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Popcorn With Zenger: ‘Vengeance’ Fails To Deliver 

The “Office's” B.J. Novak writes and directs a mystery that veers into political misunderstandings. 

ALPHARETTA, Ga. — Every few years, Hollywood makes a movie that bridges the divide between Blue State America and Red State America.

Too often the film fails because Hollywood cannot hide its contempt for those living outside of Los Angeles and New York.

B.J. Novak, well known for his work on NBC’s “The Office,” makes his directorial debut in a film that tries to understand “America,” or more specifically, Texas. But Novak’s film “Vengeance” does little to promote greater communication or understanding between diverse cultures and sensibilities.

The Story: “Vengeance” is a film about a New Yorker writer named Ben Manalowitz (B. J. Novak) who lives his life like many wealthy young New York progressives.  Ben goes to rooftop parties with his buddy, and they talk about the numerous women they’ve slept with — convincing themselves their empty lives have meaning.

One day, Ben receives a phone call from a brother of a girl he briefly dated. A young woman named Abilene was found dead at a West Texas party and her cause of death was labeled an overdose. Ben flies to Texas to pay his respects. Ty (Boyd Holbrook) firmly believes Abilene (Lio Tipton) was murdered, claiming his sister would never do drugs.  Ty wants Ben to investigate the cause of her death.

Ashton Kutcher (left) and B.J. Novak star in “Vengeance.” Novak plays a journalist trying to solve the murder of a girl he briefly dated. (Focus Features)

Instead, Ben wants to take the opportunity to do an exposé on Middle America, the people he thinks can’t face reality. Refusing to acknowledge that Ty may be right, Ben strings the family along, as he documents their actions for his upcoming podcast. But after spending time in Texas, Ben discovers there’s more to Abilene’s family than he understood.

Bright spots: B. J. Novak shows his potential as a film writer and director. Novak, no stranger to writing and directing TV shows, understands how to create a mystery. Novak’s screenplay is a detective film within a documentary, mixed with some unintentional comedy.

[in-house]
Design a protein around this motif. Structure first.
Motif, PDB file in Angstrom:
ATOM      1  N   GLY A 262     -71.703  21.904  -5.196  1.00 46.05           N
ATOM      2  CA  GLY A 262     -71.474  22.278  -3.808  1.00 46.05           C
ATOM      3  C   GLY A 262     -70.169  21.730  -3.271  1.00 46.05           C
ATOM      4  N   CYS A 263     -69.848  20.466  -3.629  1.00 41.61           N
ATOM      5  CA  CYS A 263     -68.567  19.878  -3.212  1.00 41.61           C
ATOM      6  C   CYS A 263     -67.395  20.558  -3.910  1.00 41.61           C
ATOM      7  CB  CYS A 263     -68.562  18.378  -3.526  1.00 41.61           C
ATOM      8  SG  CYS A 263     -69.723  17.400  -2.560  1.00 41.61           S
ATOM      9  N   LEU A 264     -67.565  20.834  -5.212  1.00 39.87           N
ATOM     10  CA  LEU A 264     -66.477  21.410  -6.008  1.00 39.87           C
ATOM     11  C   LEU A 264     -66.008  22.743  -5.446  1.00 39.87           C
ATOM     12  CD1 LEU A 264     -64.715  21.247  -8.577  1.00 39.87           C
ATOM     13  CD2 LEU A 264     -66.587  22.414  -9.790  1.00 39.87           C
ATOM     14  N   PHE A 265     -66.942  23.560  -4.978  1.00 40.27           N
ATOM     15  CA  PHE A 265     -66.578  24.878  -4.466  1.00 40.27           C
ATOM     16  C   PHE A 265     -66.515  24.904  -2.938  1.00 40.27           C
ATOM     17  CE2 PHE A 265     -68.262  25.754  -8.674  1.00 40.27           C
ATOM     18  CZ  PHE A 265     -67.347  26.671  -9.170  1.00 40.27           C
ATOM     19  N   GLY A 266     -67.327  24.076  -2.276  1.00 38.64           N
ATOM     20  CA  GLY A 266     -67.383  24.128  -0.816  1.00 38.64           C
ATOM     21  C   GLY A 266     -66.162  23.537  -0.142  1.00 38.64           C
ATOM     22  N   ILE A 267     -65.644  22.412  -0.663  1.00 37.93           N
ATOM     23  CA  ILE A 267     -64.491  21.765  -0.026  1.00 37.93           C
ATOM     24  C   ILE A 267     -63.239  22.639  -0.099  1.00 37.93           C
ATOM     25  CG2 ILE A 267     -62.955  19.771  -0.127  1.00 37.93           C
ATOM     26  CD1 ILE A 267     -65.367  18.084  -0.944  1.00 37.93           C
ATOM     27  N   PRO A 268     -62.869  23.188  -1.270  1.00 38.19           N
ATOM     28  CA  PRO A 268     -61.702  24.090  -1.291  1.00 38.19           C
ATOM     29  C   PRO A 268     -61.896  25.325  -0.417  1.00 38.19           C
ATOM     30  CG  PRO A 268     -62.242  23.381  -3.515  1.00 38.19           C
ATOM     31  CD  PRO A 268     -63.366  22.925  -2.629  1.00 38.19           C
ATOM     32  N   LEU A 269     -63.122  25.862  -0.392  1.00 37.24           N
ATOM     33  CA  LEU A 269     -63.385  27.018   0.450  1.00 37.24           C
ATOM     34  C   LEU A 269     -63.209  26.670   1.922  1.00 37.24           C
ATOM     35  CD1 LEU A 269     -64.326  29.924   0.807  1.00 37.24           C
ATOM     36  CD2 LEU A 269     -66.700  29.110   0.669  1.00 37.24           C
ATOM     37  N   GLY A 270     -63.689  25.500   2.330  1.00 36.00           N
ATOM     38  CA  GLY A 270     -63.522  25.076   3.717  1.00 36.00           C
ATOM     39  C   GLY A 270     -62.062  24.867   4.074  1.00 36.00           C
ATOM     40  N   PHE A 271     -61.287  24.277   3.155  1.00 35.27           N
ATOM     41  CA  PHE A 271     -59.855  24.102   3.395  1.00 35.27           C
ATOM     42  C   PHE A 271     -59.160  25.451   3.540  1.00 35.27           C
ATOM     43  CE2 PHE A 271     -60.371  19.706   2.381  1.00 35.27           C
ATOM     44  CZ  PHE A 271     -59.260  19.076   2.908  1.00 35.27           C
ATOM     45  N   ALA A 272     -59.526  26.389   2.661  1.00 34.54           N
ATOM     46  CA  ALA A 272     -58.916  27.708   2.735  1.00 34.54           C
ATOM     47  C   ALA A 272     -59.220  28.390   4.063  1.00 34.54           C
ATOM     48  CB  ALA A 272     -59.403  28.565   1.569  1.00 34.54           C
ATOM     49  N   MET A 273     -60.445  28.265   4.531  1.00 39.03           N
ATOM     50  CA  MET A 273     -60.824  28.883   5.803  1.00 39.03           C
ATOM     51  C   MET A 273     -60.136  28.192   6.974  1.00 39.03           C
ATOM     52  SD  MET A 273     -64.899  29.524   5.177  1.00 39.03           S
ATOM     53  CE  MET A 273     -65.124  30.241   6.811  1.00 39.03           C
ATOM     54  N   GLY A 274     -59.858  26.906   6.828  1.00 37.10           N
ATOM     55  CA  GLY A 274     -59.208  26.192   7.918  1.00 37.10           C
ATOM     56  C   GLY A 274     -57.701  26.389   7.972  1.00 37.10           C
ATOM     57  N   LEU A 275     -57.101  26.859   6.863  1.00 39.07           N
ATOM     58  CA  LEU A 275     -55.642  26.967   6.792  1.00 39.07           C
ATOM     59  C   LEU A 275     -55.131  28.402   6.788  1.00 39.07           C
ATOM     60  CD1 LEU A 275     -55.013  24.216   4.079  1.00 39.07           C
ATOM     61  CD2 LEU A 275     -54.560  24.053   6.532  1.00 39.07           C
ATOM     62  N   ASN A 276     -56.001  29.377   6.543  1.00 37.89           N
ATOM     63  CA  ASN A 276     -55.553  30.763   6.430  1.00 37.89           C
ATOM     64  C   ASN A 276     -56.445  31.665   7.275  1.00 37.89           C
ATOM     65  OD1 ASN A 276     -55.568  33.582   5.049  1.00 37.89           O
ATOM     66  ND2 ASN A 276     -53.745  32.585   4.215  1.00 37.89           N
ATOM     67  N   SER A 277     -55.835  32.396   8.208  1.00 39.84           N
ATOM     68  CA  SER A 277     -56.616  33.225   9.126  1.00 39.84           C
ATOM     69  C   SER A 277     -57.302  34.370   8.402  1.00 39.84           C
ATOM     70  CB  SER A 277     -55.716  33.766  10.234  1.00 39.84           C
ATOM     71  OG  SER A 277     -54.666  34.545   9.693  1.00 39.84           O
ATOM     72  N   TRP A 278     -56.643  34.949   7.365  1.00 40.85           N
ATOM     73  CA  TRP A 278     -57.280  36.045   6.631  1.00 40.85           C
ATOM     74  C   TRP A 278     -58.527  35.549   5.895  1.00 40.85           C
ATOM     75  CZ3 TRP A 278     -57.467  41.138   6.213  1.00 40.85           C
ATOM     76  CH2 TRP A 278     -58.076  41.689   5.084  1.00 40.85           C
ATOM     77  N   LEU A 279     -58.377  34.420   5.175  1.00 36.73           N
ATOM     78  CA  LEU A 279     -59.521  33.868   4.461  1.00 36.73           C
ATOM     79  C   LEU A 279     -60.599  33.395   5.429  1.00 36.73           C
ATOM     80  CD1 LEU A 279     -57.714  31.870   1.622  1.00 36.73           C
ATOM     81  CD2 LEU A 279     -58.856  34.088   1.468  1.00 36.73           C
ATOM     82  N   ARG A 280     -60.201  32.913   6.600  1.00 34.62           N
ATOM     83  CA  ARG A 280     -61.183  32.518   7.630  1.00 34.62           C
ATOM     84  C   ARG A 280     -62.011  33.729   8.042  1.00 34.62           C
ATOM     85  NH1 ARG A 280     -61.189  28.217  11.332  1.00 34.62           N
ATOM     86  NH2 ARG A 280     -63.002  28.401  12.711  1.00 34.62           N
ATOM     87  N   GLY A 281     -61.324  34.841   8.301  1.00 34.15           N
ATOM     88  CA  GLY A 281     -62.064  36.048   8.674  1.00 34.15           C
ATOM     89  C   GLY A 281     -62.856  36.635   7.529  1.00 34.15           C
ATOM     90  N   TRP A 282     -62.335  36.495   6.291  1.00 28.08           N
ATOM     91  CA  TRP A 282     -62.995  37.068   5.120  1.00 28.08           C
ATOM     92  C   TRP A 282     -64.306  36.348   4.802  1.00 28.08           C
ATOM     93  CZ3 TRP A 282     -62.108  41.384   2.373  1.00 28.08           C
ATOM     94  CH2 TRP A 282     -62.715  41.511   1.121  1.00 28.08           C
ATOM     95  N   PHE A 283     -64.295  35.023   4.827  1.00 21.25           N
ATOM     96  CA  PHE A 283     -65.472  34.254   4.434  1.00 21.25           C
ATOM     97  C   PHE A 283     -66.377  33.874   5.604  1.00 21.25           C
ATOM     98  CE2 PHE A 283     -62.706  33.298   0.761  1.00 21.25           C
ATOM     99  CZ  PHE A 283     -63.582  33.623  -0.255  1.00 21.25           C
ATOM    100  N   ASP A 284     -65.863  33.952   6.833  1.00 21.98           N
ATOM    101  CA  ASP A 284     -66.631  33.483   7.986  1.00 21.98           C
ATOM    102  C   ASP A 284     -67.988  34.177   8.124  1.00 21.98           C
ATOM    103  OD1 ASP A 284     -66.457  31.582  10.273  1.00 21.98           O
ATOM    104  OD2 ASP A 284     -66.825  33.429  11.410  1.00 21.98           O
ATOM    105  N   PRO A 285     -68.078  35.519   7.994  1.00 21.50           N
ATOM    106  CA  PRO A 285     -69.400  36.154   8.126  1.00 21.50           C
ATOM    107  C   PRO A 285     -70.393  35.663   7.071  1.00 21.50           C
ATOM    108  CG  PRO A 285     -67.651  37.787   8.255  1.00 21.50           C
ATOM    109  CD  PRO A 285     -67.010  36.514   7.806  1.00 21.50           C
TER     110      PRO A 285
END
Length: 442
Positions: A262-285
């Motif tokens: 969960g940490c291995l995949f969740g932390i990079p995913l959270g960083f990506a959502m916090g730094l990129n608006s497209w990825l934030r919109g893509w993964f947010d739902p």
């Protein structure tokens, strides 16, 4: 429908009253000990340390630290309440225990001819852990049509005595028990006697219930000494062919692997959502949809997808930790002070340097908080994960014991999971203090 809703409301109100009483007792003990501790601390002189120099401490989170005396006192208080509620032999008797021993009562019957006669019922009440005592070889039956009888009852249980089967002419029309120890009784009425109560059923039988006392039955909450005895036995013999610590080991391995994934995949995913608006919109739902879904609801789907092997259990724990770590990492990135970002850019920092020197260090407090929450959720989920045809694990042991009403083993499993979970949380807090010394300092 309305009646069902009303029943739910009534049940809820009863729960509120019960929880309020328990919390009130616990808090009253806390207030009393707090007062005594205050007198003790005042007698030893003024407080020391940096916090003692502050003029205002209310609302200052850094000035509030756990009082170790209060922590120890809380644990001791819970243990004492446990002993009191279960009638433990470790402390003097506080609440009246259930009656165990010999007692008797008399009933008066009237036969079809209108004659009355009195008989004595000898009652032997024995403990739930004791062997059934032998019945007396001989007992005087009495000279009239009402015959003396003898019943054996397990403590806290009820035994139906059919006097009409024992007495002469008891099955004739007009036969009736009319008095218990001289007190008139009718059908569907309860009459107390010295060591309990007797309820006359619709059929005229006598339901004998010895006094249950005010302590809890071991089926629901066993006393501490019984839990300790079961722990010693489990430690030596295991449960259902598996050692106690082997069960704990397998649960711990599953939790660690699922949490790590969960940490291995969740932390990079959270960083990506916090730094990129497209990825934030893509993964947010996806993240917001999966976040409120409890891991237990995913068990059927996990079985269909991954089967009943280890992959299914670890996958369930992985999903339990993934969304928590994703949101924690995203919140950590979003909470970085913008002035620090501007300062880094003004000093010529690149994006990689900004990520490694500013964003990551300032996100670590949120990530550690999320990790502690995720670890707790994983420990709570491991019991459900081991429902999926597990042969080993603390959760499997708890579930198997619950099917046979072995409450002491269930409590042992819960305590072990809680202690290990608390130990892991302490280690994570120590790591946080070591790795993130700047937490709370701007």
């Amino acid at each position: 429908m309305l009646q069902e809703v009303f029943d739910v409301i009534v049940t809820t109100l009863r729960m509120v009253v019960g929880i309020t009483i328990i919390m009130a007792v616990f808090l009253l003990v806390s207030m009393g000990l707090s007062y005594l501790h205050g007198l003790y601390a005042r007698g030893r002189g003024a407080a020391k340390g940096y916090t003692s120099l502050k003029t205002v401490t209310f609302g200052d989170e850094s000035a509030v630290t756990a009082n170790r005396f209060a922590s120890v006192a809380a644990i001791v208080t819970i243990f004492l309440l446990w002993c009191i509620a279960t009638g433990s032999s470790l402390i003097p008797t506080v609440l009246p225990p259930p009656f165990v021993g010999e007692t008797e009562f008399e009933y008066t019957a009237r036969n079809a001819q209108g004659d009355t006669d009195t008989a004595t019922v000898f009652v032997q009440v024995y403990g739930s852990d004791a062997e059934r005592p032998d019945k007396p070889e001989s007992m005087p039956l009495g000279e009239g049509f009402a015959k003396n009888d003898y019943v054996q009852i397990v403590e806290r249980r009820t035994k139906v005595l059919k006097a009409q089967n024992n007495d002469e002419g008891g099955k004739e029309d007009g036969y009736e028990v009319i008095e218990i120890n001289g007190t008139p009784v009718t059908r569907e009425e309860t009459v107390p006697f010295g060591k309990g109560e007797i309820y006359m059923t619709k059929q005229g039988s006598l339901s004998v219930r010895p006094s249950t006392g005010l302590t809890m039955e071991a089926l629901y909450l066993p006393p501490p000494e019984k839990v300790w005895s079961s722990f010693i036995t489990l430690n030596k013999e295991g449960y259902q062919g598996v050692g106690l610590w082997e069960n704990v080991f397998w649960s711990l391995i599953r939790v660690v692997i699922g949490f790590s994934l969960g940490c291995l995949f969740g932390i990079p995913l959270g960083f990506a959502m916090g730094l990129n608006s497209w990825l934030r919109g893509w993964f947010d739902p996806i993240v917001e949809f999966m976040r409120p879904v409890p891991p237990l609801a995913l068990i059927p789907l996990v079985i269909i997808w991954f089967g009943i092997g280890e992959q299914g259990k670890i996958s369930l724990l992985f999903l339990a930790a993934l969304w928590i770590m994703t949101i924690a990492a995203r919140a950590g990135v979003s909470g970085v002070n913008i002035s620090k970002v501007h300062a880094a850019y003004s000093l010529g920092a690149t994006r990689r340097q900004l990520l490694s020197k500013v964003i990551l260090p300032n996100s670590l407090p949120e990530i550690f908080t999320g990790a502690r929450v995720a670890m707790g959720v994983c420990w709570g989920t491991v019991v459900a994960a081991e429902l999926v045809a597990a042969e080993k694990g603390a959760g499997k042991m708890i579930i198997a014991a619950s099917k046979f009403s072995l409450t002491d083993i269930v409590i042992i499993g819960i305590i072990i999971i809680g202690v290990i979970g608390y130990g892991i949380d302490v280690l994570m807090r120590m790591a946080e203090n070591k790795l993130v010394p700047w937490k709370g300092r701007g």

Novak appreciates he has to humanize the Texans to his audience. He does this by presenting himself as an out-of-touch elitist with a thick degree of smugness toward rural America. In contrast, the film shows there is more to this Southern family than guns, God and Whataburger.

Early on, the film presents itself as a black comedy. There’s a lot of humorous dialogue revolving around the main character’s inability to cope with the seriousness of the situation. The most intriguing character is Ashton Kutcher, who plays a wise and inspiring music producer.

No matter what side of the political aisle you are on, there is at least half a good movie to be found here. The problem comes when Novak abandons everything that he sets up in the first half of the film, with a disappointing third act.

Weak Spot: Story-wise, this film has absolutely nothing to do with politics and everything to do with a murder mystery. As much as “Vengeance” attempts to be self-aware, it may send a mixed message.

Some progressives have nothing but disdain for those living in states that voted for Donald Trump. The premise of the film is that Republicans are simply wrong and that they exist in a world of delusion. The film’s attempt to bring everyone together involves our protagonist coming to the realization that these Texans may  not be as clueless as he thought. That provides him — and his audience — a chance to reevaluate their assumptions.

Issa Rae plays a podcast producer in the film “Vengeance.” (Focus Features)

However, Novak’s dislike for Americans who don’t believe in climate change, Covid vaccines and fact-checkers is evident. By abandoning the premise of his own movie, “Vengeance” turns into a film about a man who seeks revenge for a woman he didn’t care about until the last 20 minutes of screen time.

Some critics will look at Novak’s attempt to humanize “MAGA Country” as a negative. But to torpedo your own template with a puzzling ending, turns our 110-minute mystery into a pointless endeavor.

The Takeaway: When it comes to “Vengeance,” subtlety would have gone a long way to improving the story line. If he had abandoned the Blue State versus Red State narrative, Novak would have produced a solid story about a big-town writer solving a small-town mystery. Instead, he creates a film that says little, since it cannot sympathize with an audience it doesn’t understand.

See or Skip: Since “Vengeance” can’t commit to its own premise, there’s no reason for viewers to commit to seeing it.


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